DeepSound lets you hide confidential documents inside audio CD tracks
When you need to send confidential documents to someone else steganography can be an effective technique. Use SteganPEG to embed your files inside JPEGs, say, then just email them as normal, and casual observers will see only normal pictures. They’ll never realize your hidden data is inside.
And at first glance, DeepSound seems to carry out much the same function, but with audio files. Point the program at a WAV or FLAC file, hide a few personal documents inside, and you’re done: the audio files will still play just as before, and only someone who knows the secret will be able to extract your hidden content.
DeepSound does have one interesting twist, though. The program can read and extract hidden documents from within audio CD tracks, another level of indirection which makes it even less likely that your data will be spotted.
Making this happen is a little more complicated than it should be, in part because of DeepSound’s slightly odd design. When browsing for the carrier file, say, we expected to see a standard two-pane interface, with folders to the left, files to the right. But no, for some reason the developer has decided to display both files and folders in a single pane, an awkward approach which forced us to do a vast amount of scrolling.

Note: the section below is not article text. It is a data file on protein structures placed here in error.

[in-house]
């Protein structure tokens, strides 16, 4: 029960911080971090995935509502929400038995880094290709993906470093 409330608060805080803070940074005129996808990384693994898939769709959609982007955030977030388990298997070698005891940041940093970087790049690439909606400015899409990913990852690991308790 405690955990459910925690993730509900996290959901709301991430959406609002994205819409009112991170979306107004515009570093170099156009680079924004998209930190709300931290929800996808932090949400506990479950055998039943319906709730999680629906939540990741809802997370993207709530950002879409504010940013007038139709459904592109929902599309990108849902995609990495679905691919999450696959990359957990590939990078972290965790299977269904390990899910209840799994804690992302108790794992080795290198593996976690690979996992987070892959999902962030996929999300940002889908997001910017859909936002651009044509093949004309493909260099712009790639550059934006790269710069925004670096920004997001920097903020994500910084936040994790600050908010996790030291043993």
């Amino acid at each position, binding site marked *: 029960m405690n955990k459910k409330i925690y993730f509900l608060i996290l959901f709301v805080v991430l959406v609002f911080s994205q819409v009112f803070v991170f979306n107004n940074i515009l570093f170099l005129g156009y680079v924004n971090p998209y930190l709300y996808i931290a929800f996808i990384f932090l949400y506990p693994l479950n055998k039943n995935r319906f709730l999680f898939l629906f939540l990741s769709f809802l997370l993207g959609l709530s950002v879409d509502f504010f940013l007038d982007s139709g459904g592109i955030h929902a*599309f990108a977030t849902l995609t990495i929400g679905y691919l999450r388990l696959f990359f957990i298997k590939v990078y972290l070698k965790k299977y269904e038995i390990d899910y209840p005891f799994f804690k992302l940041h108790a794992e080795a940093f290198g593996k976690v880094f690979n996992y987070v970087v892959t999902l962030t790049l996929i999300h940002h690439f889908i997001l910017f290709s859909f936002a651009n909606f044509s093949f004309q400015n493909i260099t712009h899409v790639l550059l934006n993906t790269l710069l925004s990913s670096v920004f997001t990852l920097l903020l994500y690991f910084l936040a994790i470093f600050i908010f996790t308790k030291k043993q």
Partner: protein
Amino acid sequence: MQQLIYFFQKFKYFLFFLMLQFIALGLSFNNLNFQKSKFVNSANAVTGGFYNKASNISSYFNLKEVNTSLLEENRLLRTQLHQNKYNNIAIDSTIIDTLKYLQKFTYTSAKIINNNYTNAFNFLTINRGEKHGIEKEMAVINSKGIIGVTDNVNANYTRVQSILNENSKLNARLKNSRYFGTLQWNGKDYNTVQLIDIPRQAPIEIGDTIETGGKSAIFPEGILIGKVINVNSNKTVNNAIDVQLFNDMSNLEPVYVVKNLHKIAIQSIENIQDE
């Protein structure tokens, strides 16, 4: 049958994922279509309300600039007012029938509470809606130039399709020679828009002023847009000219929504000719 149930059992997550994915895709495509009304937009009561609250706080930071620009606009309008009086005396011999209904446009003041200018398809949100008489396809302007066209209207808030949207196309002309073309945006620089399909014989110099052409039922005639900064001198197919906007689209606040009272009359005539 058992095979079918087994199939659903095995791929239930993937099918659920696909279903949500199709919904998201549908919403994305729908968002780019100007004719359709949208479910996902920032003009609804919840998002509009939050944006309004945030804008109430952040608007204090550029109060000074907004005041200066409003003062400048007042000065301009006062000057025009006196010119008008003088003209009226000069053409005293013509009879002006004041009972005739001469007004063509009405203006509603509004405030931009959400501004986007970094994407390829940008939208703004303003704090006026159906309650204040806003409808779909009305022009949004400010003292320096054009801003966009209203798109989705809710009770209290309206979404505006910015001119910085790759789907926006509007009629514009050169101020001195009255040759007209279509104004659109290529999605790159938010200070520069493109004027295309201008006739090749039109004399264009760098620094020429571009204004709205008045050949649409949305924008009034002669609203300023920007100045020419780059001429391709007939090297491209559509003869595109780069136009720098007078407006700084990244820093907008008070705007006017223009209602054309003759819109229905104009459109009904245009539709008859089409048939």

Another issue is that DeepSound can’t burn the audio CD itself, so you’ll need another tool to do that. And you’ll have to ensure that it won’t manipulate the source files in any way, perhaps by normalizing them or applying some other effect. In Windows Media Player, for example, we had to click "More burn options" and disable "Apply volume levelling across tracks".
Once you understand these issues, though, the core DeepSound steps are simple enough. Browse to and click on a FLAC or WAV file; add whatever files you’d like to conceal; click Encode (optionally enabling "AES Encryption" and entering your passphrase), then burn the resulting file to CD.
Pass on the disc to whoever you like, and all they have to do is open the appropriate track (or tracks) with DeepSound. They’ll be prompted for the passphrase, if necessary, before your hidden content is extracted to the specified folder.
There’s plenty of room for improvement, then, and we wouldn’t want to use DeepSound to work with a large number of files. But if you only want to conceal a few documents, and you like the idea of using an audio CD carrier, then the program is certainly worth a try.